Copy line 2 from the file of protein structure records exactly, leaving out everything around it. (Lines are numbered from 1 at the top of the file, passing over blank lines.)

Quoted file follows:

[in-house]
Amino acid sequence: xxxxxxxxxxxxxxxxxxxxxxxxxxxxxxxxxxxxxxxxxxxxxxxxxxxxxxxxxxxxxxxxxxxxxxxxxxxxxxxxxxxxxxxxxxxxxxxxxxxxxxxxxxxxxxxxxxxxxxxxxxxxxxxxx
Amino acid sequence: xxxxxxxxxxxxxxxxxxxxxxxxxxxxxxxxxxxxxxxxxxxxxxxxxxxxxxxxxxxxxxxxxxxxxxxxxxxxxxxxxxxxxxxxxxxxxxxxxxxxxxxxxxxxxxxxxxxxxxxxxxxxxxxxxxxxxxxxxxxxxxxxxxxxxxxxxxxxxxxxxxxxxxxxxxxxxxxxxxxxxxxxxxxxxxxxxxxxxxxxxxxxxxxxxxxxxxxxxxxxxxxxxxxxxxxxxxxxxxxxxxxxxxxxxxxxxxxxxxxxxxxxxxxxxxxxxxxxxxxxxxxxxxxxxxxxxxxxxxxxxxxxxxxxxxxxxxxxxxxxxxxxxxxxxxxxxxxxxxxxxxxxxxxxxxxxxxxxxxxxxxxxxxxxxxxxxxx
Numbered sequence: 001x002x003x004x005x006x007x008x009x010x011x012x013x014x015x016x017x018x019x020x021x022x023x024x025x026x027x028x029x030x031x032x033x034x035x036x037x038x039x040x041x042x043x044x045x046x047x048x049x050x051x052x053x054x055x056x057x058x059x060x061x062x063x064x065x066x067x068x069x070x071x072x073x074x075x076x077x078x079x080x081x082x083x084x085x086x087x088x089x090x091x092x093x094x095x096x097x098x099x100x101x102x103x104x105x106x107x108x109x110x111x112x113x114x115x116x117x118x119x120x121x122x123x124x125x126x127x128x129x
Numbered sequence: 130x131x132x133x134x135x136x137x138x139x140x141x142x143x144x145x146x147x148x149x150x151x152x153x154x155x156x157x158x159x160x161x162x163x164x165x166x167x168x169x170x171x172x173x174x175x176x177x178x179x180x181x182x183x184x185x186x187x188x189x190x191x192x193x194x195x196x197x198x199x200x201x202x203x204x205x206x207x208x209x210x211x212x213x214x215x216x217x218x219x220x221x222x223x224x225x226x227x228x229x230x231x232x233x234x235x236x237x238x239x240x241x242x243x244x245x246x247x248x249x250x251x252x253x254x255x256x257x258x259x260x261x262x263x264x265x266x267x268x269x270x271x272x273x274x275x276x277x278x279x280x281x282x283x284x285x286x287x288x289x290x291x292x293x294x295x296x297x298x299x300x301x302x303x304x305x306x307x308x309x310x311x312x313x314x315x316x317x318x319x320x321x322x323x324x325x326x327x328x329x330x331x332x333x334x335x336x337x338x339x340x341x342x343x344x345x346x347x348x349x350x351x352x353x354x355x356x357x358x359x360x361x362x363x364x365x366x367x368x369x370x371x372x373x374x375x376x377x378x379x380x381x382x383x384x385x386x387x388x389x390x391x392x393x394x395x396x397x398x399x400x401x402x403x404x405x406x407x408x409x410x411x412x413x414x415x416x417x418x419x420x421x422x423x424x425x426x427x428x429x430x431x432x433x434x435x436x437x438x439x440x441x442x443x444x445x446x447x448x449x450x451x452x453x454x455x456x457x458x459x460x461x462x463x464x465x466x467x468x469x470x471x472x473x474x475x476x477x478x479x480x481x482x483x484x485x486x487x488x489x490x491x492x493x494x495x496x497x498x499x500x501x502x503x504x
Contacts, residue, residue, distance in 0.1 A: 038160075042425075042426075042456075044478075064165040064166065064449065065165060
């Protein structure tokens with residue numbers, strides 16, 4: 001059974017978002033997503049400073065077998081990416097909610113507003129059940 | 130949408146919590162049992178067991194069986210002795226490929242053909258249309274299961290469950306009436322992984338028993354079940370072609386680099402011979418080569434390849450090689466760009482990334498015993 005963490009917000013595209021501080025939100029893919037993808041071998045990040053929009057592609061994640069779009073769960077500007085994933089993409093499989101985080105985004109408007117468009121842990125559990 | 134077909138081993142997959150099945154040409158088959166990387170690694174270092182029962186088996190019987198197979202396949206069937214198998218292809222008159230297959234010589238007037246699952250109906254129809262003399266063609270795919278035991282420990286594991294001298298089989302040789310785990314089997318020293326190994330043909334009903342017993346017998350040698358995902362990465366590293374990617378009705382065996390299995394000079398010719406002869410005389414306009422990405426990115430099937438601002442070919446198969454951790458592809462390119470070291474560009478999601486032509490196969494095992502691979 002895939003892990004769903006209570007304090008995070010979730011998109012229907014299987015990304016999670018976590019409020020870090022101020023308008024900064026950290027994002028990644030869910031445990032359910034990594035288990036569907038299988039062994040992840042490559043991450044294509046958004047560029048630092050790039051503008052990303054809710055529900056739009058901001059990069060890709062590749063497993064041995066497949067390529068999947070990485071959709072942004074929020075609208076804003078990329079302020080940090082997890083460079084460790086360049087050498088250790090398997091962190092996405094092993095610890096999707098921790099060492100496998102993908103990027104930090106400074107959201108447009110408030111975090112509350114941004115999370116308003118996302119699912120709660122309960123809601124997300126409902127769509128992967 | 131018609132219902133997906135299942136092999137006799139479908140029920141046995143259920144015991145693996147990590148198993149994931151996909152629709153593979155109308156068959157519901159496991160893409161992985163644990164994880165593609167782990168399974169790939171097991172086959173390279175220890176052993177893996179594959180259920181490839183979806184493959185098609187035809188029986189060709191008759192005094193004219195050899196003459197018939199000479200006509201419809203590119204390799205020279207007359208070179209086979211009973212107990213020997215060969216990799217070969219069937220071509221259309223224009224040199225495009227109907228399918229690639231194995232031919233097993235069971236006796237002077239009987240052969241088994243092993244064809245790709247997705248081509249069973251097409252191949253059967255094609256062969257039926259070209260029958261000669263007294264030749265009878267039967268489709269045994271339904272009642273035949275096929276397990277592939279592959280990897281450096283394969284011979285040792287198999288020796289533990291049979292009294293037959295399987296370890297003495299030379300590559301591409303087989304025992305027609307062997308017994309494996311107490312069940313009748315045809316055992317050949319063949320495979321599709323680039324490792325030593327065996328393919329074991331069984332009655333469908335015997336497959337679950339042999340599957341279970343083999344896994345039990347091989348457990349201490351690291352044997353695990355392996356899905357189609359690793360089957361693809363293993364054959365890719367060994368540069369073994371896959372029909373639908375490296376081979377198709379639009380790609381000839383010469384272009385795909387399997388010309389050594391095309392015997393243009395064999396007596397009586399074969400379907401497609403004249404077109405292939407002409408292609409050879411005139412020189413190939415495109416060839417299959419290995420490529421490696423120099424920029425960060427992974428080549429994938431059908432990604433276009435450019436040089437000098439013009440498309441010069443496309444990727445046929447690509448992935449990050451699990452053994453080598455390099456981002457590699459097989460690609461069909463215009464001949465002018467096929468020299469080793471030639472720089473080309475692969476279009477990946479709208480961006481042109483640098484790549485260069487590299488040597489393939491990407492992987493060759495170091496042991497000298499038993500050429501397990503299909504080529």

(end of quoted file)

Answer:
Amino acid sequence: xxxxxxxxxxxxxxxxxxxxxxxxxxxxxxxxxxxxxxxxxxxxxxxxxxxxxxxxxxxxxxxxxxxxxxxxxxxxxxxxxxxxxxxxxxxxxxxxxxxxxxxxxxxxxxxxxxxxxxxxxxxxxxxxx